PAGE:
ericbee123 wrote:I think that older aircraft don’t have this safety feature and you can, for instance raise the undercarriage on a parked Spitfire for instance and “mess it up” as it lowers itself groundwards.

You'd have to be pretty bloody stupid to do that, it's not just a simple pull of a lever or press of a button to select 'chassis up' on a Spitfire.
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Re: Low Level Take Off

Postby ArabJazzie on Tue 25 Dec 2018, 11:37 pm

When i first saw the question, i immediately thought of the Bucc. Remember something about the aircraft could roll on departure, maybe because of airflow around the main gear legs, but part of carrier departure checks was select gear up. Dont know what the RAF did, but remember some low departures from airshows at Leuchars and the week i had at Lossie way back when. Some old jets needed to get the gear out the road asap to remove the drag to get some acceleration and hence lift.

There have been some notable arrivals in the past, especially IAT at Boscombe Down one year with Su-27s i think it was.

Mike wrote:
ericbee123 wrote:I think that older aircraft don’t have this safety feature and you can, for instance raise the undercarriage on a parked Spitfire for instance and “mess it up” as it lowers itself groundwards.

You'd have to be pretty bloody stupid to do that, it's not just a simple pull of a lever or press of a button to select 'chassis up' on a Spitfire.


Think this has happened in the last couple of years?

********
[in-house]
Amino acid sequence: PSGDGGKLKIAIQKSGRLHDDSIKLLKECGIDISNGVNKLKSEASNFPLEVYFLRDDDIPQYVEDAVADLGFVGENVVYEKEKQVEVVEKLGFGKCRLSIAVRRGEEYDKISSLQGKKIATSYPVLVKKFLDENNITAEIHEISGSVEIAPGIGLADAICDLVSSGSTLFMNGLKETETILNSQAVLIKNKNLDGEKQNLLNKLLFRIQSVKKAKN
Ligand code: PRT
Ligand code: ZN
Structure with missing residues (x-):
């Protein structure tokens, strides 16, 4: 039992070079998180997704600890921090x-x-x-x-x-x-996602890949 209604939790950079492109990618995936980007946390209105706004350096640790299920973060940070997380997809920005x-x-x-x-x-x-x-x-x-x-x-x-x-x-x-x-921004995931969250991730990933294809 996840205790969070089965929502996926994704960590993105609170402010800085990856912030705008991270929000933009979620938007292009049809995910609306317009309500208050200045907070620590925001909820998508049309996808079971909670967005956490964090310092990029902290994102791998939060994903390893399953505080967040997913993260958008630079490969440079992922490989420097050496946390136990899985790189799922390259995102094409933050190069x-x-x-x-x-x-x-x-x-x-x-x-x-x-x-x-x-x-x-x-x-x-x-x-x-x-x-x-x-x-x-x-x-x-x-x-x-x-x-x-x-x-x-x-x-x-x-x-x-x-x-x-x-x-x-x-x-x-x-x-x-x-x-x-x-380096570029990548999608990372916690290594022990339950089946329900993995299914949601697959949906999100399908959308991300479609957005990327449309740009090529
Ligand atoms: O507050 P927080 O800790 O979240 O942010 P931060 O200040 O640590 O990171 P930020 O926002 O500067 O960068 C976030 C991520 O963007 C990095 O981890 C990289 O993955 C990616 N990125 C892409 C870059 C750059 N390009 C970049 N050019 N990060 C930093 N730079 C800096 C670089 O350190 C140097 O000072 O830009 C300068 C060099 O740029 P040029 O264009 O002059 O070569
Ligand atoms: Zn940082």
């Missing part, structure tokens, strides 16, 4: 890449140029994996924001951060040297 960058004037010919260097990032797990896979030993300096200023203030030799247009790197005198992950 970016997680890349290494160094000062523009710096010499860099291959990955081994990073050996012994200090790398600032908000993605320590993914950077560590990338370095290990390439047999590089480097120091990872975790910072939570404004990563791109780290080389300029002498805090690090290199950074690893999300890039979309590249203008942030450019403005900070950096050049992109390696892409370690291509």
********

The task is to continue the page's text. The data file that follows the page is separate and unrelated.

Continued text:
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Re: Low Level Take Off

Postby ericbee123 on Tue 25 Dec 2018, 11:59 pm

Mike wrote:
ericbee123 wrote:I think that older aircraft don’t have this safety feature and you can, for instance raise the undercarriage on a parked Spitfire for instance and “mess it up” as it lowers itself groundwards.

You'd have to be pretty bloody stupid to do that, it's not just a simple pull of a lever or press of a button to select 'chassis up' on a Spitfire.


So are you saying it can’t happen or agreeing with me that it can happen ?

BTW - I know (like Geoff does) that it can and has happened.

If the standard OP for Buccaneers from carriers was “select gear up” before launch it must have the weight on wheels security feature and only allows the raising of the U/C after the weight of the aircraft has left the wheels ( ie it’s airborne - by inches, but it has taken off )
Disclaimer-I have spell/grammar checked this post, it may still contain mistakes that might cause offence.
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Re: Low Level Take Off

Postby st24 on Wed 26 Dec 2018, 12:02 am

ArabJazzie wrote:When i first saw the question, i immediately thought of the Bucc. Remember something about the aircraft could roll on departure, maybe because of airflow around the main gear legs, but part of carrier departure checks was select gear up. Dont know what the RAF did, but remember some low departures from airshows at Leuchars and the week i had at Lossie way back when. Some old jets needed to get the gear out the road asap to remove the drag to get some acceleration and hence lift.